The former Greater St. Matthew Baptist Church in South Philadelphia is gearing up for renovation as developers move forward with a residential conversion. Developer Alon Barzilay is planning 30 apartments for the church, located on Grays Ferry Avenue in the Graduate Hospital neighborhood, and an additional eight in the rectory next door on Fitzwater Street. Architect Peter Lazor designed the plans for the project, to be called Sanctuary Lofts.
Reached by email, Barzilay declined to comment on the status of the project or its timeline for completion. However, excavation activity at the site was visible beginning the week before Thanksgiving, and L&I records indicate a “major alteration” permit was issued October 30 and updated November 20, to allow the 30-unit conversion of the church. The language of the permit states that separate permits are required for mechanical, electrical, plumbing, and fire suppression work.
The development sparked controversy when it was proposed to the community last year because of its residential density and the fact that it included no accommodations for off-street parking. At the same time, it received strong support from former congregants who wished to see the church live on.
“I think, first and foremost, this proposal was universally acknowledged as a strong and very thorough preservation effort,” said Andrew Dalzell, programs coordinator for the South of South Neighborhood Association (SOSNA).
Erected in 1892, the church was the home of the St. Anthony of Padua Roman Catholic parish until its closing by the Archdiocese of Philadelphia in 1999. Designed by Frank Rushmore Watson, the church is easily recognized for its variegated stone masonry and its 128-foot clock tower rising over the neighborhood.
The Greater St. Matthew congregation, which then took ownership from the Archdiocese, listed the church for sale in August 2011, partly because of declining attendance caused by parking conflicts with neighbors and city officials. The sale to Barzilay closed in February 2012 for $2 million.
After his initial presentation to SOSNA, Barzilay revised his plans to address community concerns, but maintained that adding a parking garage would compromise the historic character of the structure and the overall viability of the project. He also indicated a willingness to formally protect the church through a preservation easement or a nomination to the Philadelphia Register of Historic Places. (SOSNA had begun a nomination for the property, but held back at the request of Greater St. Matthew’s pastor because of the potential “red tape” it would put on the transaction, Dalzell said.)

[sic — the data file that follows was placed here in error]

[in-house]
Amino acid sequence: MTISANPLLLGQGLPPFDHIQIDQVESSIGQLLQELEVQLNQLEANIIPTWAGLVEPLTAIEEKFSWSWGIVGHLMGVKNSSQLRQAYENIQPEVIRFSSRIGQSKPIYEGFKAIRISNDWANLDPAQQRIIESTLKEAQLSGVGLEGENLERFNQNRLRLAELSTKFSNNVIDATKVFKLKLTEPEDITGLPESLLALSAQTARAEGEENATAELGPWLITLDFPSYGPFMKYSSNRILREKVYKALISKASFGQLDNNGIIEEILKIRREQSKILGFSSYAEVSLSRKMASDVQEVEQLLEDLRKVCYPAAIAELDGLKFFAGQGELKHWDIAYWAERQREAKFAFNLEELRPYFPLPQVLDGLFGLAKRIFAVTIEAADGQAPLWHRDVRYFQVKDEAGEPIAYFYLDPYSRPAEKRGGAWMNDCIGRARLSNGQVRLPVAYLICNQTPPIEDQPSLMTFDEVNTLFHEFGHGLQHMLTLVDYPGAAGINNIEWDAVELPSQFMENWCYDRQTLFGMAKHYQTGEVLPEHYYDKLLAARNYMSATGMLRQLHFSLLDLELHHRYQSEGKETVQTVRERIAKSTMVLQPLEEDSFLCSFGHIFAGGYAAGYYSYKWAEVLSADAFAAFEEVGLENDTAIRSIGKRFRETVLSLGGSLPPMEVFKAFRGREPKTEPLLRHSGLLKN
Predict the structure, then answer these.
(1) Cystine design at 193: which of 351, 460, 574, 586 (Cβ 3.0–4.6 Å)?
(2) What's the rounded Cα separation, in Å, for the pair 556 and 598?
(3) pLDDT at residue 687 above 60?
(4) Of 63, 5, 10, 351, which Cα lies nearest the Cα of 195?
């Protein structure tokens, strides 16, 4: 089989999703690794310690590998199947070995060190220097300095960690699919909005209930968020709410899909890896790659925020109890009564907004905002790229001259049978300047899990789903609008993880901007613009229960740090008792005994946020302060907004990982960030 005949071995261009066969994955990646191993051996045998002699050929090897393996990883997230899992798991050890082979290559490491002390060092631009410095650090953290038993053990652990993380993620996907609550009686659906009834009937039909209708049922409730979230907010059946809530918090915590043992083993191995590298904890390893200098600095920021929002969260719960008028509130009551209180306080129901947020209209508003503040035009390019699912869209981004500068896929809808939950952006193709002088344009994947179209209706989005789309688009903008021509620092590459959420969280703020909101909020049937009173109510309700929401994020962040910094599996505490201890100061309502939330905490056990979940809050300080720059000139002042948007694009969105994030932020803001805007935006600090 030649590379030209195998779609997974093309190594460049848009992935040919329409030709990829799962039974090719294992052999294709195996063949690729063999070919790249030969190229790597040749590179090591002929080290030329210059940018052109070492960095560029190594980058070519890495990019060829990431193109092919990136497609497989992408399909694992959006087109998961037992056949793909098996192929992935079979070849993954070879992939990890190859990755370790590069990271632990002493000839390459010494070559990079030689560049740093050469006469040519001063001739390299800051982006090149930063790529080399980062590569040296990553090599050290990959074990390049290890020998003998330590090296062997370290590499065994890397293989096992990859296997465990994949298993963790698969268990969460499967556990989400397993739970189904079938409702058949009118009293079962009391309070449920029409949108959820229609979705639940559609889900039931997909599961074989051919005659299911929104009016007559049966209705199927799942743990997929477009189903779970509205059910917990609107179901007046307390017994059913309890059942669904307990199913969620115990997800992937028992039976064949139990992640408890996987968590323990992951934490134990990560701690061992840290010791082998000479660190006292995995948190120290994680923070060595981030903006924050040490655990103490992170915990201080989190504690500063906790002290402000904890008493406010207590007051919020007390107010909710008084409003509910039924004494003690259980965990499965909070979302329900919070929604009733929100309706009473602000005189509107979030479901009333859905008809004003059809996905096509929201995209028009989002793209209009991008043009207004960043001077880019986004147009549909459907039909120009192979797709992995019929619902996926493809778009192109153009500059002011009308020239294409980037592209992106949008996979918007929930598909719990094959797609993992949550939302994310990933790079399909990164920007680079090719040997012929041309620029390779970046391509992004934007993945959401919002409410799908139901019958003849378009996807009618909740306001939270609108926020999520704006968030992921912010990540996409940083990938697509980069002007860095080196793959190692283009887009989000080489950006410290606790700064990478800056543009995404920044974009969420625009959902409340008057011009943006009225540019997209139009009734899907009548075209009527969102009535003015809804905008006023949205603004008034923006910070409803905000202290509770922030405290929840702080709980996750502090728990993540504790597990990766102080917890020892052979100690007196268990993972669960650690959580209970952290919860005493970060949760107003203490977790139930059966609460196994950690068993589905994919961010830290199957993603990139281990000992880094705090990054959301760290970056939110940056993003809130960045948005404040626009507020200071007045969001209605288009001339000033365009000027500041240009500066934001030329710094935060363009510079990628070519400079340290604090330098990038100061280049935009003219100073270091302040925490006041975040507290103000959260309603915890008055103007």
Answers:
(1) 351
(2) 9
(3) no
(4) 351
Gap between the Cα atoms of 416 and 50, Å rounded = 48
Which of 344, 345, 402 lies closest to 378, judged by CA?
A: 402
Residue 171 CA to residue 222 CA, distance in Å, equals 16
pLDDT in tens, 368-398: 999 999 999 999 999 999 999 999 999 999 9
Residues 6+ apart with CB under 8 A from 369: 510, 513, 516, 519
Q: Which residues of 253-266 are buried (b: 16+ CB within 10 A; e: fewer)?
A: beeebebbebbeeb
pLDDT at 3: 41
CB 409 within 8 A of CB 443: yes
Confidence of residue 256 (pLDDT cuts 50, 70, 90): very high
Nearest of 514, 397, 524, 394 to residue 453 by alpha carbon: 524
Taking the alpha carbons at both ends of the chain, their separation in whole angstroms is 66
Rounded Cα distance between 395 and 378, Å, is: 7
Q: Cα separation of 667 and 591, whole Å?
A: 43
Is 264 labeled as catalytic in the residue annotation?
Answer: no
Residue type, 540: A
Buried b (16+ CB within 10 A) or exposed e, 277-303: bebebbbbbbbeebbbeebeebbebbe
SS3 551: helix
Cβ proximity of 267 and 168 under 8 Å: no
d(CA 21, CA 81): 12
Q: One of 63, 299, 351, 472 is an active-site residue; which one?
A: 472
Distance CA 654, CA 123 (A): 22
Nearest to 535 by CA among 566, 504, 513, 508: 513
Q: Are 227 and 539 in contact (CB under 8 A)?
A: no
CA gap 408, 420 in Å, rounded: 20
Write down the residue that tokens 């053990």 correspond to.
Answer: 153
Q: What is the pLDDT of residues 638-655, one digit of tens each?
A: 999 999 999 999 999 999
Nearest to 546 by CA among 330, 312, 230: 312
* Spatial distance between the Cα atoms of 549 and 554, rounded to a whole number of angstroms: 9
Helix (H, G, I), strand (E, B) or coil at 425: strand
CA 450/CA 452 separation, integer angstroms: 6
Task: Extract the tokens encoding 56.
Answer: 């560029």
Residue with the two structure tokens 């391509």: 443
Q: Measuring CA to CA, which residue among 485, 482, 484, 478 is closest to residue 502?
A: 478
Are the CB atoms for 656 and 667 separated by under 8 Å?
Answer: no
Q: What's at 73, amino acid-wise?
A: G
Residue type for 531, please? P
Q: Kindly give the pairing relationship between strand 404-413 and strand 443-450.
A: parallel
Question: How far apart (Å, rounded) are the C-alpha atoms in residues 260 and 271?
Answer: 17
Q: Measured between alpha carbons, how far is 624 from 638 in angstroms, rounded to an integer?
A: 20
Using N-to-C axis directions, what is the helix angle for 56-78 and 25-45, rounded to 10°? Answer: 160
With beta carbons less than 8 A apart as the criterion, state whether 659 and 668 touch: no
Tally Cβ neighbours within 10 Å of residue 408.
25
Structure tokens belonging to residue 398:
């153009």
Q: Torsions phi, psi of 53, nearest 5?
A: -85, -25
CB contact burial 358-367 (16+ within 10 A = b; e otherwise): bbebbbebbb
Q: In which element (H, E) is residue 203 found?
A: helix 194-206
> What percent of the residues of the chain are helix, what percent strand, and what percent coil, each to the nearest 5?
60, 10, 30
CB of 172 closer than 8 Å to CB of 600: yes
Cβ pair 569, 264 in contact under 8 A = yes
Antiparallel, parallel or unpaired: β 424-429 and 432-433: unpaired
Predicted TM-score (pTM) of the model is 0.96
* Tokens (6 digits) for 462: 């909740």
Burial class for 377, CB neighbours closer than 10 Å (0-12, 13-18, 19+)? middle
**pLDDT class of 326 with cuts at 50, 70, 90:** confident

The revised proposal in April included up-lighting to illuminate the church tower and elevator and stair access within it, relocated HVAC units, elevated balconies to the third-story level of the church’s façade, and elimination of all but one apartment less than 500 square feet. The church apartments are spread across four stories: two floors of one-story units, with two-story lofts above.
SOSNA’s Zoning Committee voted 7-0 in favor, while the vote from neighbors went 18-30 in opposition, including a unanimous vote against from 18 near-neighbors. Because of the split, SOSNA deferred to the judgment of the Zoning Board of Adjustment rather than submit a formal letter in support or opposition.
The divide over density between long-time residents and younger newcomers will no doubt continue as the neighborhood develops. It was on display at yesterday’s ZBA hearing for 2300 South Street, where a four-story building with 18 apartments, first-floor retail space and no off-street parking is being proposed. The three-hour hearing concluded without a decision, which the ZBA will announce at a later date.
Although parking issues were a big concern during the zoning process for Greater St. Matthew, “they are water under the bridge now,” said Dalzell, as the ZBA ultimately granted the variance in June 2012 and no appeal of its decision was ever lodged. He also noted that L&I’s zoning refusals, which trigger the need for a variance, pertained only to the zoning of the rectory as multi-unit, not to the 30 units proposed for the church building or to the lack of parking spaces.
The real victory, he said, is the preservation of a landmark religious property at a time when many around the city, including in the same neighborhood, have been lost or remain vulnerable.
“We are happy that developers came along who were serious about reusing the church and we’re hoping for its success,” Dalzell said.